FIG. 12B shows the exit record processes associated with subroutine module 968 described above in FIG. 11. A subroutine commences at splice block C and control passes to process 1030. In process 1030 a record pointer for the record from which the user is exiting is obtained by the command path intercept module 904 [See FIG. 10]. Control is then passed to reserve sector process 1032. In this process the sector on the storage device 64 in which the update table [See FIG. 8C] is reserved. Control then passes to reserve confirmation decision process 1034. In this decision process, a determination is made as to whether the sector reservation has been accepted and implemented. When an affirmative determination is reached, control is passed to read sector process 1036. In read sector process 1036, the update table is read and a pointer is obtained for the specific row within that table corresponding to the client implementing the process. Control is then passed to process 1038. In process 1038 the record I.D. field corresponding to the client running the process is erased. This indicates that the user is no longer viewing the record. Control is then passed to process 1040. In process 1040 the reserve sector is released and control returns via splice block D.

FIG. 12C shows the process implemented by subroutine module 960 [see FIG. 11] for editing a field. The subroutine commences at splice block E and control passes to process 1070. In process 1070, the command path intercept module 904 [See FIG. 10] intercepts the field pointer corresponding to the field being edited. Control then passes to process 1072. In process 1072, a reserve sector request is placed for a sector in the physical storage device 64 [See FIG. 10] in which the field is stored. Control is then passed to confirmation decision process 1074. In confirmation decision process 1074, determination is made as to whether the requested sector has in fact been reserved. In the event a determination in the negative is reached, then control passes to broadcast decision process 1076. In broadcast decision process 1076, a determination is made as to whether another client who is currently reserving the sector has broadcast a message indicating that the sector has been released. In the event of an affirmative determination, control returns to reserve sector process 1072. If in decision process 1074 an affirmative determination is reached, then control passes to process 1078. In process 1078 the reserve sector is read. Control then passes to decision process 1080. In decision process 1080 a determination is made as to whether the field with respect to which editing rights are being requested is in fact free. This determination is made on the basis of the lock fields described and discussed above in FIGS. 9A-B. In the event a negative determination is reached, control is passed to release sector process 1082. In process 1082 the sector is released and control returns to broadcast decision process 1076.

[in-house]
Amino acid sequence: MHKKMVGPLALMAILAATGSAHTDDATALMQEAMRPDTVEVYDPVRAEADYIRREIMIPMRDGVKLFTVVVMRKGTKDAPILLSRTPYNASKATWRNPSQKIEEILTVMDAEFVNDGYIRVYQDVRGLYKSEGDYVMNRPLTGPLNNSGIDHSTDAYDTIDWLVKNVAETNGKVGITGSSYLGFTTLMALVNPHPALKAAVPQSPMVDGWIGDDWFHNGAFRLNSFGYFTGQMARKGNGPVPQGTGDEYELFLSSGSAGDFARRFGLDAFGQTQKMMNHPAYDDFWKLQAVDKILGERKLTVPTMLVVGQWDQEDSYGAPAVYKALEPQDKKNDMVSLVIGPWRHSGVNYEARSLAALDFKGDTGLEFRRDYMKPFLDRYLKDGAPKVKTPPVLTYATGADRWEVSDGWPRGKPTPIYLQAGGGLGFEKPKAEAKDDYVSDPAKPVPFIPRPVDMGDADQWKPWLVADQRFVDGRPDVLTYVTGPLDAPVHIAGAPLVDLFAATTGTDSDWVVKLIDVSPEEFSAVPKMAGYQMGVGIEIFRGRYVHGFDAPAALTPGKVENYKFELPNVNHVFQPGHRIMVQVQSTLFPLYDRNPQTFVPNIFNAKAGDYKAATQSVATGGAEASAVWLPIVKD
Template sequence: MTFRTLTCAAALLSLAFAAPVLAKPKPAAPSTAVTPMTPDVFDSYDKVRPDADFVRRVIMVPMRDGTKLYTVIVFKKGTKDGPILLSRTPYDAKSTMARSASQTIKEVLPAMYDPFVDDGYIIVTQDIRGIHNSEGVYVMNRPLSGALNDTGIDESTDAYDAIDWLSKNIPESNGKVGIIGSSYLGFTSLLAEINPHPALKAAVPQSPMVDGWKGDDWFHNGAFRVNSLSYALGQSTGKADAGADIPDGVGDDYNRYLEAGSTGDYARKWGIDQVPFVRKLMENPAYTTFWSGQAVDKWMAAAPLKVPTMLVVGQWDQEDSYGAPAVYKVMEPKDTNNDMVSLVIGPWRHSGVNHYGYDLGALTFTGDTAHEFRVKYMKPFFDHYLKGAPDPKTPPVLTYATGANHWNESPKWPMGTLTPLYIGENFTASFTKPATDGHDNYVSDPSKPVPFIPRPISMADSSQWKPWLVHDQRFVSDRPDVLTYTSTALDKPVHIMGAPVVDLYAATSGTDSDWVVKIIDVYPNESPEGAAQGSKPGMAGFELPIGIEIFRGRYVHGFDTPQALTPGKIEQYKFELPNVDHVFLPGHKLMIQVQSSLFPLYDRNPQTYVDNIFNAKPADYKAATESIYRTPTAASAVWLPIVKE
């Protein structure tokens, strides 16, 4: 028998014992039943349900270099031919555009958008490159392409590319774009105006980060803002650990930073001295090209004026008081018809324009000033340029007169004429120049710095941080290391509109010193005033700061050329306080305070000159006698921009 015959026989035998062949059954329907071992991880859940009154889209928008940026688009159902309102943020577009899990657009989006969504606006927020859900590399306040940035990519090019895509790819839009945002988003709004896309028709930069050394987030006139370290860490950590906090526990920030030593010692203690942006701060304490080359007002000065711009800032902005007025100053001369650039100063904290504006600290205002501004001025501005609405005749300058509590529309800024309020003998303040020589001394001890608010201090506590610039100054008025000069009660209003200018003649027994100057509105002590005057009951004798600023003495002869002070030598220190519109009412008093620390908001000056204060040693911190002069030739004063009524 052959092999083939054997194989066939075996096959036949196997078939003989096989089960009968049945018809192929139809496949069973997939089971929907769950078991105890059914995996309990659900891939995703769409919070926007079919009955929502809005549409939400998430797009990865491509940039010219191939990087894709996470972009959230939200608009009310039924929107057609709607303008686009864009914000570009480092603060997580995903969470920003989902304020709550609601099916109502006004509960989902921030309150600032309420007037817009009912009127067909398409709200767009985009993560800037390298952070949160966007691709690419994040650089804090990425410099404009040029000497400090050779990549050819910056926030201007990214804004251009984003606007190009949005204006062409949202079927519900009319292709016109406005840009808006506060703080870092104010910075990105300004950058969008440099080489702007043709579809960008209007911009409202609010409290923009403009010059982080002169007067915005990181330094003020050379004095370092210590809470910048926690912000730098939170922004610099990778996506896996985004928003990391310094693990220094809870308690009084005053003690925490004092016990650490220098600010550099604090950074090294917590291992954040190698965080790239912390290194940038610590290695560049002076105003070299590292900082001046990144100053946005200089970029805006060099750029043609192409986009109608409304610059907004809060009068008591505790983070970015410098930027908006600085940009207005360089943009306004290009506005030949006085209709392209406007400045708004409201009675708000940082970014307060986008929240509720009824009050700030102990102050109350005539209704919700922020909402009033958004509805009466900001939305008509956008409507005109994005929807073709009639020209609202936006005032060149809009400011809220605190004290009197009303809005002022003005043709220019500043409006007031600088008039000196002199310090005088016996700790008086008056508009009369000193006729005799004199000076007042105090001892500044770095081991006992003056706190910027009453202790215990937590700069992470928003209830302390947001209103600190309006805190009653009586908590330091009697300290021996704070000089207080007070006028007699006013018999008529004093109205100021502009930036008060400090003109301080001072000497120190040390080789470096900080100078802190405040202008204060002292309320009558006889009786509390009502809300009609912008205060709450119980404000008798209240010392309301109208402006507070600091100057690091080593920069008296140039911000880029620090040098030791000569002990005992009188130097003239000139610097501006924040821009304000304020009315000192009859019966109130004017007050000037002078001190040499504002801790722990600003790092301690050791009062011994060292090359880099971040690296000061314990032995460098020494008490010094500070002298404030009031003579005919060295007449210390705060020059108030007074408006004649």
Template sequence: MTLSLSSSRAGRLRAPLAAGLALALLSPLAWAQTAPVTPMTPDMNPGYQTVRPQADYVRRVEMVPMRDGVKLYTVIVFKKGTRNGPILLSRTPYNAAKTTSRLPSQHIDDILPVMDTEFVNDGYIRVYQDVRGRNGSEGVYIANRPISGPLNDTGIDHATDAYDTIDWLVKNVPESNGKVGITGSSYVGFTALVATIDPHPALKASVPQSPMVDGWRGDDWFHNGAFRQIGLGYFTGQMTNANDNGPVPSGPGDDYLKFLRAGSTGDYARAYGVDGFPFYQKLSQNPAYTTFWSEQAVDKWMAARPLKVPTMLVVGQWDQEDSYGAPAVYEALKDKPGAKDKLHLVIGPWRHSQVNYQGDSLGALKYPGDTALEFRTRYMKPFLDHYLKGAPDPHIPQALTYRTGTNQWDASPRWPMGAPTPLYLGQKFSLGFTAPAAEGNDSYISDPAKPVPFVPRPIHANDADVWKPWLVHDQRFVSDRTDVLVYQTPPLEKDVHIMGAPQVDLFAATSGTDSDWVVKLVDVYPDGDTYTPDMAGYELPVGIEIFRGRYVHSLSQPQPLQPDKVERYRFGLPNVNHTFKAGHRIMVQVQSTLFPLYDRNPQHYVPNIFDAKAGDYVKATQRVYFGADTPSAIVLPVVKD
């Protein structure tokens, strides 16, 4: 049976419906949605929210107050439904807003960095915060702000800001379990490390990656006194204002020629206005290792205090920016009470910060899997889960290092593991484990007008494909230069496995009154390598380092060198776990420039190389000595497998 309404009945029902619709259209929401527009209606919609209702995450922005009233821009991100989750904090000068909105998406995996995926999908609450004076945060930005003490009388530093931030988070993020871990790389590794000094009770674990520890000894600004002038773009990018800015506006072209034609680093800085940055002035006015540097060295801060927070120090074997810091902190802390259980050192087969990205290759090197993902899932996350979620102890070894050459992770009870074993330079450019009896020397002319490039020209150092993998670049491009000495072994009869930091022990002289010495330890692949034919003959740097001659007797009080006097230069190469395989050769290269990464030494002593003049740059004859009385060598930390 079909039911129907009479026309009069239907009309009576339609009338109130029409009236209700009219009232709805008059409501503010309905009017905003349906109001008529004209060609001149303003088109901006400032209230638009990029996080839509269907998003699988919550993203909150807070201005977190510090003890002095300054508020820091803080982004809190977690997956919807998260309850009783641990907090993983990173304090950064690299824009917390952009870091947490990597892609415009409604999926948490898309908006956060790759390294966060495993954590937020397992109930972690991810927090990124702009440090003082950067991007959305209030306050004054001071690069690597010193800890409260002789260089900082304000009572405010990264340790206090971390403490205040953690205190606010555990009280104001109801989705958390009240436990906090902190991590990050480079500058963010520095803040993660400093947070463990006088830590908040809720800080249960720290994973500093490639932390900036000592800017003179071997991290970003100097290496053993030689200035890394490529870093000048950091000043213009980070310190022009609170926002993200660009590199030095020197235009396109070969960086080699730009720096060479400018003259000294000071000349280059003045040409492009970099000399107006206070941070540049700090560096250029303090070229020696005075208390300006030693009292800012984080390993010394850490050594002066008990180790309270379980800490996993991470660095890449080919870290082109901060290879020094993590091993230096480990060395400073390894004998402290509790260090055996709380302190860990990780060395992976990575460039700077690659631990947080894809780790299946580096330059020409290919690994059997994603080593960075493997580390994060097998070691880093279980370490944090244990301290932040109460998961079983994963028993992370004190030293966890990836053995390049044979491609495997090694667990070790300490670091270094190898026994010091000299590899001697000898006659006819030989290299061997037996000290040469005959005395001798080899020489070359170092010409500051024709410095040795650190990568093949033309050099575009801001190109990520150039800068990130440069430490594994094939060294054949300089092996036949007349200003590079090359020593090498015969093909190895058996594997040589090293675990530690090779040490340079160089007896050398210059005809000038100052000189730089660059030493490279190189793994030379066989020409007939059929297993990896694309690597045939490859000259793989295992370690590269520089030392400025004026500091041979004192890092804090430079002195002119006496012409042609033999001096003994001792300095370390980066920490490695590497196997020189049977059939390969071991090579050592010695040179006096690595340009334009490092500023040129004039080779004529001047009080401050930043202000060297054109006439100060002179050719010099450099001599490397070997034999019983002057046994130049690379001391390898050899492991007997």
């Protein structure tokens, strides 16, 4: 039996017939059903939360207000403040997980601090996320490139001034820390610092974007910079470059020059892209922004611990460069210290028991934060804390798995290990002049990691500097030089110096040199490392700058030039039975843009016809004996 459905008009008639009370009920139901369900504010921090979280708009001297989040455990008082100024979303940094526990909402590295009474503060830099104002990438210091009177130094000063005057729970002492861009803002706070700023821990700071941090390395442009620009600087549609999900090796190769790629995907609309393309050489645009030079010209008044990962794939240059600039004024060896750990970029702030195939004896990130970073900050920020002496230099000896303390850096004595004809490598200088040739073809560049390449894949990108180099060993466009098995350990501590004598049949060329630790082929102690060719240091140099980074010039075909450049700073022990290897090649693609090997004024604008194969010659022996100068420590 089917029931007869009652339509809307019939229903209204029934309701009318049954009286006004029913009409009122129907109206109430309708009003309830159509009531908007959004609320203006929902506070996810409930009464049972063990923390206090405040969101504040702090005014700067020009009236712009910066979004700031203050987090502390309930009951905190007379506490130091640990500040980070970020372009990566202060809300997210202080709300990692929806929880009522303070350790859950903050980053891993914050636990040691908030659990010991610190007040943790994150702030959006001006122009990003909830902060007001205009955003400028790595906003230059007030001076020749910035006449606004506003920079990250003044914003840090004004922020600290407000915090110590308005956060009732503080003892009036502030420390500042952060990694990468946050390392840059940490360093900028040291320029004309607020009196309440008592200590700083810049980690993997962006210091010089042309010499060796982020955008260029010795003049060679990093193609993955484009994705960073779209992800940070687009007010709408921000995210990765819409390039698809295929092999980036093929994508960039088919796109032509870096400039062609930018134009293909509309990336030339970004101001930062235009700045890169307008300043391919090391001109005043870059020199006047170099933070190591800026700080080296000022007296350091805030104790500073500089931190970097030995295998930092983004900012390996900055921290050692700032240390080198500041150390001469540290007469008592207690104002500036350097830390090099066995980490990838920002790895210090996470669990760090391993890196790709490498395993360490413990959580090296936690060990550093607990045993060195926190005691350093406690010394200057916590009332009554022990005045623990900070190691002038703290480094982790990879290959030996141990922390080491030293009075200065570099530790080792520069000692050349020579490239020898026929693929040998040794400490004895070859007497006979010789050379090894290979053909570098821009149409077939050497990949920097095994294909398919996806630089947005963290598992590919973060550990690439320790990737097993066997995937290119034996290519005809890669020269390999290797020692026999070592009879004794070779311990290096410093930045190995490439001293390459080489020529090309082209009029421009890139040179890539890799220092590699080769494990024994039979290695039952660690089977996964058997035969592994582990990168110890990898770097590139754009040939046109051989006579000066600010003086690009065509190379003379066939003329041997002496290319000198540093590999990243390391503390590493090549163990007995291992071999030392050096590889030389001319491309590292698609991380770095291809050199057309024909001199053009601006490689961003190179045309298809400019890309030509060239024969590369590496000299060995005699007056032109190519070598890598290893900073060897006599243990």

Alternately, if in decision process 1080 an affirmative determination is reached, i.e., that the requested field is unlocked, then control passes to process 1084. In process 1084 the lock rerouter 910 [See FIG. 10] writes the client I.D. to the locking field to be edited. Control is then passed to release sector process 1086. In release sector process 1086 the reserved sector is released and control is passed to process 1088. In process 1088 the user edits the selected field and control returns via splice block F.

FIG. 12D shows the processes implemented by subroutine module 964 [see FIG. 11] for exiting an edited field. Subroutine module 964 described and discussed above in connection with FIG. 11 corresponds to these processes. The subroutine commences at splice block G and control passes to process 1100. In process 1100 the field pointer for the field being exited and the corresponding record pointer are obtained by the command path intercept module 904 [See FIG. 10]. Control is then passed to process 1102. In process 1102 the sector on the physical storage device on which the record and field reside is reserved. Control is then passed to reserve confirmation decision process 1104. In decision process 1104, decision is made as to whether the sector has in fact been reserved. In the event this determination is in the negative, control is passed to broadcast decision 1106. In broadcast decision 1106, a determination is made as to when the sector is released by whichever client currently has that sector reserved. Control then passes upon release to process 1102. Alternately, if an affirmative determination is reached in decision process 1104, i.e., that the sector has been reserved, then control passes to process 1108. In process 1108 the reserve sector is read and control passes to process 1110. In process 1110 the lock rerouter 910 [See FIG. 10] erases the block field associated with the field being exited and control passes to process 1112. In process 1112 the command path intercept module 904 [See FIG. 10] passes the update to the edited field to the physical storage device 64. Control is then passed to process 1114. In process 1114 the update table 806 [See FIG. 8C] is read and sorted by the record pointer fields 832 [See FIG. 8C]. Control then passes to process 1116 in which clients viewing the same record as that associated with the field which has just been updated are identified. Control then passes to process 1118. In process 1118 a broadcast message is sent to those clients viewing the updated record. The message contains an identifier corresponding to the record which is a field of which has just been updated. Control then passes to 1120. In process 1120 the reserved sector is released and control returns via splice block H.